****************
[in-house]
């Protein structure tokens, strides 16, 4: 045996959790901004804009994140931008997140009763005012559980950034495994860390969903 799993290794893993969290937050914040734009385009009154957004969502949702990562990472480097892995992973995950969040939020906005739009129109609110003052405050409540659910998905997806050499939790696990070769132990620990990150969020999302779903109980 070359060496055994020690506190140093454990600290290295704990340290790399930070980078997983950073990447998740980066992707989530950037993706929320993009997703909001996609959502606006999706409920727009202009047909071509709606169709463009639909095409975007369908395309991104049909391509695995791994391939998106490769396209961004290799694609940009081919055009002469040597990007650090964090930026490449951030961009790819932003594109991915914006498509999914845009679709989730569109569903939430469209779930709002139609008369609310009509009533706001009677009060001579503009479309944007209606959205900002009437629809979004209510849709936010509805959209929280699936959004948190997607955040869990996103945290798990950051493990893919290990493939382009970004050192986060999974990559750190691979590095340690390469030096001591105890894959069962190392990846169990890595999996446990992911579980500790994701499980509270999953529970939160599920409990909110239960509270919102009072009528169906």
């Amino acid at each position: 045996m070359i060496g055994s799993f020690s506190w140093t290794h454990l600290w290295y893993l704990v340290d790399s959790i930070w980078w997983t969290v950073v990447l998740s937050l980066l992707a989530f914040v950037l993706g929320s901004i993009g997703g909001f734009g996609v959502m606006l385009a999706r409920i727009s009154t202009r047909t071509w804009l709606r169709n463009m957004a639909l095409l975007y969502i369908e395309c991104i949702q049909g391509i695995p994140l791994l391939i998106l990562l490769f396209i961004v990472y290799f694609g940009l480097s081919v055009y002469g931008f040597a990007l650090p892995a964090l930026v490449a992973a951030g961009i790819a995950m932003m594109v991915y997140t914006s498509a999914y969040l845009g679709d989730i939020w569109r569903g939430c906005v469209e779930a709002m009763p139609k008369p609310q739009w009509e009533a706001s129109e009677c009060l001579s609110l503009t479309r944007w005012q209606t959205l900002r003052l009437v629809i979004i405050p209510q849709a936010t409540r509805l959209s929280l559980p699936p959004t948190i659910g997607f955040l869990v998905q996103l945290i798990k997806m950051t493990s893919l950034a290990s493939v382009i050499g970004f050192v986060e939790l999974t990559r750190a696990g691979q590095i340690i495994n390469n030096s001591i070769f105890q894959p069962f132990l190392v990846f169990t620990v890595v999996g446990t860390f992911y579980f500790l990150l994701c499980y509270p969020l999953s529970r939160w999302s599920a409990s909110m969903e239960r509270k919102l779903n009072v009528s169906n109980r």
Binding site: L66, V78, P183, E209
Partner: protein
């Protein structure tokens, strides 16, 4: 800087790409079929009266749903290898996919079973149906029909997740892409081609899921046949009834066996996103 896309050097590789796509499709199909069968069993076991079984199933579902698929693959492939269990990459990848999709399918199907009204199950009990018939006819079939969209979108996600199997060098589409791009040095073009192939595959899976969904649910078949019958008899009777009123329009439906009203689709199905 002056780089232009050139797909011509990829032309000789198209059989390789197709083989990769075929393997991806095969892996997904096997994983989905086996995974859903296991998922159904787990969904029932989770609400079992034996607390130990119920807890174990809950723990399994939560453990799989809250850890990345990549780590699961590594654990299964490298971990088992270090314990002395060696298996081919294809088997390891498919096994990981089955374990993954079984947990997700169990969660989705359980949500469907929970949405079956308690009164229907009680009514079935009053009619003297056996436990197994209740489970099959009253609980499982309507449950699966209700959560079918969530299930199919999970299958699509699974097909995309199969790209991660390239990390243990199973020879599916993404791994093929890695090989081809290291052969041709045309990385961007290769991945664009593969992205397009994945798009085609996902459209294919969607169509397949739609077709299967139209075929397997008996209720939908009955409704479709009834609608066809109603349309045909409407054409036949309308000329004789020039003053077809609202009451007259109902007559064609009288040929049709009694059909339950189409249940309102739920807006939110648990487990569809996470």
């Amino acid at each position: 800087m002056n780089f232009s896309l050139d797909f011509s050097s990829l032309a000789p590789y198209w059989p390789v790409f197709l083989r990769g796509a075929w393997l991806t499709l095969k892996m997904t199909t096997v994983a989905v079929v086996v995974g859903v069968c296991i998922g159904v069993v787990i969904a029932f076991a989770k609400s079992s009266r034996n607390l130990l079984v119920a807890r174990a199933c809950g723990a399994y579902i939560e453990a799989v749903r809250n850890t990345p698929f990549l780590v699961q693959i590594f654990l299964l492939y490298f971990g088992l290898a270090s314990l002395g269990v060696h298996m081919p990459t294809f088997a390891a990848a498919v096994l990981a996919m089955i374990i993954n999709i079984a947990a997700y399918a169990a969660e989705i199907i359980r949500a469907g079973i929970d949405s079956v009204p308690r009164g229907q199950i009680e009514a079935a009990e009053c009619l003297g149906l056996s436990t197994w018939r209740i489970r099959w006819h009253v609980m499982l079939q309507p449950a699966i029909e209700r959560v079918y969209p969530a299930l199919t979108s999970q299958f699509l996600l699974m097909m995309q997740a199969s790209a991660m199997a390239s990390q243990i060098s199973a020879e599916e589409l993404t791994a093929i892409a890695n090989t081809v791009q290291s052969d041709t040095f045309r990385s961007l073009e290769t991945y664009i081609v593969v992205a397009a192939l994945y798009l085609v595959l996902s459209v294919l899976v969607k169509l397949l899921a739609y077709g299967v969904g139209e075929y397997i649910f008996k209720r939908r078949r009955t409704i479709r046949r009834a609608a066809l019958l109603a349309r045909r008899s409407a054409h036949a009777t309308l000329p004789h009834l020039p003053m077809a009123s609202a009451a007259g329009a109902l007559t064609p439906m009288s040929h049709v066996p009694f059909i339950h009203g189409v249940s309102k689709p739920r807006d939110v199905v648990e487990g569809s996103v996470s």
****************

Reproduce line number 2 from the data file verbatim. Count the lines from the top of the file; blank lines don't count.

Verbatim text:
């Protein structure tokens, strides 16, 4: 045996959790901004804009994140931008997140009763005012559980950034495994860390969903 799993290794893993969290937050914040734009385009009154957004969502949702990562990472480097892995992973995950969040939020906005739009129109609110003052405050409540659910998905997806050499939790696990070769132990620990990150969020999302779903109980 070359060496055994020690506190140093454990600290290295704990340290790399930070980078997983950073990447998740980066992707989530950037993706929320993009997703909001996609959502606006999706409920727009202009047909071509709606169709463009639909095409975007369908395309991104049909391509695995791994391939998106490769396209961004290799694609940009081919055009002469040597990007650090964090930026490449951030961009790819932003594109991915914006498509999914845009679709989730569109569903939430469209779930709002139609008369609310009509009533706001009677009060001579503009479309944007209606959205900002009437629809979004209510849709936010509805959209929280699936959004948190997607955040869990996103945290798990950051493990893919290990493939382009970004050192986060999974990559750190691979590095340690390469030096001591105890894959069962190392990846169990890595999996446990992911579980500790994701499980509270999953529970939160599920409990909110239960509270919102009072009528169906």